Age group
1st quartile [18;28]31030.141.10.0631.920.8 *0.05
2nd quartile [28;34]38332.537.20.3815.317.30.68
3rd quartile [34;44]37924.228.50.4127.921.00.15
4th quartile [44;85]28424.123.7>0.9929.726.60.64
Total135627.633.4 25.720.9
Surveyed Countries
Spain21033.650.0 *0.0236.440.00.69
United Kingdom51822.219.60.5232.132.70.96
Total135627.633.4 25.720.9
Middle East7811.517.30.7411.519.20.59
Africa70826.637.0 **<0.0113.911.60.45
Total135627.633.4 25.720.9
Residence status
Other documented22030.841.40.1432.731.90.98
Undocumented54833.043.3 *0.0225.115.0 **<0.01
Asylum Seeker58821.321.2>0.9923.322.7>0.99
Total135627.633.4 25.720.9
Length of stay
<3 months21819.240.3 **<0.0124.219.30.45
3 months–5 years79130.334.70.2122.318.30.22
>5 years34627.725.00.6632.929.00.50
Total135627.633.4 25.720.9
Housing conditions
Unstable71522.732.5 **<0.0117.115.50.64
Total135627.633.4 25.720.9
Income satisfaction
Not enough122726.933.6 *0.0123.020.50.34
Total135627.633.4 25.720.9
No48232.842.10.0530.020.2 *0.02
Total135627.633.4 25.720.9
Health coverage
Yes36428.639.0 *0.0433.033.0>0.99
Total135627.633.4 25.720.9
Comparing female proportion to male proportion, p values below 1%, and 5% are shown with two, or one stars, respectively.
Table 2. Multivariate analysis of characteristics associated with good or very good perceived physical and mental health, by sex.
Table 2. Multivariate analysis of characteristics associated with good or very good perceived physical and mental health, by sex.
Probability of Being in Good Self-Perceived Health
n%%aOR [95%CI]aOR [95%CI]aOR [95%CI]aOR [95%CI]
Age group
1st quartile [18;28]31036.563.5Ref.Ref.Ref.Ref.
2nd quartile [28;34]38341.059.01.07 [0.61; 1.90]0.52 [0.26; 1.00]0.92 [0.60; 1.40]0.96 [0.55; 1.69]
3rd quartile [34;44]37943.556.50.65 [0.36; 1.17]0.63 [0.34; 1.15]0.64 [0.41; 1.00] *1.08 [0.61; 1.92]
4th quartile [44;85]28451.148.90.66 [0.35; 1.23]0.59 [0.31; 1.10]0.65 [0.38; 1.13]0.89 [0.48; 1.64]
Surveyed Countries
Switzerland3020.080.06.27 [0.81; 51.34]4.84 [0.67; 44.95]1.12 [0.27; 4.71]3.10 [0.69; 15.55]
Spain21052.447.60.53 [0.14; 2.12]0.74 [0.21; 2.62]2.14 [0.75; 6.76]3.25 [1.00; 12.91]
Turkey55233.966.10.91 [0.19; 4.45]0.08 [0.02; 0.38] *1.54 [0.40; 6.24]0.11 [0.02; 0.55] *
United Kingdom51848.651.40.38 [0.09; 1.68]0.30 [0.08; 1.20]0.61 [0.16; 2.43]0.97 [0.23; 4.65]
Region of Origin
Middle East7833.366.7Ref.Ref.Ref.Ref.
Africa70837.762.32.87 [0.85; 13.37]2.20 [0.59; 11.35]1.20 [0.53; 2.92]0.82 [0.35; 2.06]
America11067.332.79.15 [2.12; 50.56] *2.48 [0.55; 14.38]0.75 [0.23; 2.44]0.42 [0.12; 1.45]
Asia32744.655.43.73 [0.96; 19.14]3.55 [0.89; 18.99]2.16 [0.89; 5.73]1.51 [0.66; 3.68]
Europe4955.144.92.75 [0.58; 15.91]2.31 [0.50; 13.24]1.77 [0.50; 6.33]0.68 [0.18; 2.48]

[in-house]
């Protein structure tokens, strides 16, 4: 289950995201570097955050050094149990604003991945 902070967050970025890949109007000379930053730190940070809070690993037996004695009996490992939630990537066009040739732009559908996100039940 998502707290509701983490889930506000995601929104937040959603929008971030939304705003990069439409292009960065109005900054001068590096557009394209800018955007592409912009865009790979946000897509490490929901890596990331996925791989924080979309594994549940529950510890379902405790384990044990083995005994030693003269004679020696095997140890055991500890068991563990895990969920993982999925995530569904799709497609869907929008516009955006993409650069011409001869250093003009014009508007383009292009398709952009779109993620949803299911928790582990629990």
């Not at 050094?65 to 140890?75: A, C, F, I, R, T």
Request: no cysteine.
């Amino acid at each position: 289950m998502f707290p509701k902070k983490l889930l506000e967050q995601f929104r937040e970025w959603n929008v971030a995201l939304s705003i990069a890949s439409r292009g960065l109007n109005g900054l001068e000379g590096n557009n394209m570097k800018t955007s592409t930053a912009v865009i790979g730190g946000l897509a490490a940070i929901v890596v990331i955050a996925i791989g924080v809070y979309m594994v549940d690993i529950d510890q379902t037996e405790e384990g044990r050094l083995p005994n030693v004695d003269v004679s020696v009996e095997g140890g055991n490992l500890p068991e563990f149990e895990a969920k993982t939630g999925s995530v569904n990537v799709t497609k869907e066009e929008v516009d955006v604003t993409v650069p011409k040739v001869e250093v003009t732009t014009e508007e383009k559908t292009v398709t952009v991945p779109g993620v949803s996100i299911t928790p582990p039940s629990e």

Maghreb8447.652.44.14 [0.84; 24.91]3.38 [0.66; 21.36]1.92 [0.68; 5.68]0.89 [0.30; 2.69]
Immigration Status
Residence permit22047.352.7Ref.Ref.Ref.Ref.
Undocumented54841.458.60.70 [0.39; 1.28]0.92 [0.50; 1.71]1.09 [0.67; 1.78]0.41 [0.22; 0.75] *
Asylum Seeker58842.357.70.50 [0.27; 0.94] *0.73 [0.39; 1.41]0.59 [0.35; 1.01]0.32 [0.17; 0.60] *
Length of Stay
<3 months21845.454.6Ref.Ref.Ref.Ref.
3 months–5 years79139.260.82.10* [1.14; 4.01] *0.70 [0.37; 1.34]0.75 [0.47; 1.19]0.88 [0.49; 1.63]
>5 years34649.150.92.25 [1.08; 4.85] *0.72 [0.35; 1.49]0.63 [0.35; 1.16]0.63 [0.32; 1.26]
Housing conditions
Stable64148.551.51.78 [1.18; 2.70] *1.96 [1.26; 3.08] *1.29 [0.91; 1.82]1.57 [1.04; 2.39] *
Income satisfaction
Not Enough122740.359.7Ref.Ref.Ref.Ref.
Enough12965.934.11.39 [0.76; 2.54]1.22 [0.69; 2.17]0.98 [0.46; 2.04]0.47 [0.21; 0.99] *
Yes48237.362.71.32 [0.84; 2.06]1.46 [0.89; 2.41]1.82 [1.26; 2.62] *2.16 [1.35; 3.49] *
Insurance coverage
No99240.159.91.38 [0.59; 3.66]1.80 [0.79; 4.52]0.65 [0.29; 1.53]1.67 [0.76; 3.96]
aOR: adjusted Odds Ratio, 95%CI: 95% Confidence Intervals, * p < 0.05.
Table 3. Effect of length of stay (LOS) and Human Development Index; Effect modifier of length of stay on wealthy country of origin (COO) regarding physical perceived health in women.
Table 3. Effect of length of stay (LOS) and Human Development Index; Effect modifier of length of stay on wealthy country of origin (COO) regarding physical perceived health in women.
No interactionWith Interaction; Effect Modifiers
Probability of Being in Good Self-Perceived Health
aOR [95% CI] aOR [95% CI]
Effect of wealthy COO vs. poor COO1.94 * [1.06; 3.56]Effect of wealthy COO vs. poor COO when LOS <3 months5.96 * [1.65; 21.49]
Effect of stay longer than 3 months vs. stay shorter than 3 months1.96 * [1.05; 3.65]Effect of stay longer than 3 months vs. stay shorter than 3 months when women are from poorer countries4.72 * [1.51; 14.72]
Effect of stay longer than 3 months vs. stay shorter than 3 months when women are from wealthy countries1.22 [0.59; 2.55]
The star (*) shows when 1 is outside the confidence interval meaning the aOR is significant. Interpretation: when women have stayed less than 3 months, those from wealthier countries are 5.96 times more likely to be in good physical health compared to women from poorer countries. OR are adjusted on all the characteristics in Table 3. aOR: adjusted Odds Ratio, 95% CI: 95% Confidence Intervals.
Back to TopTop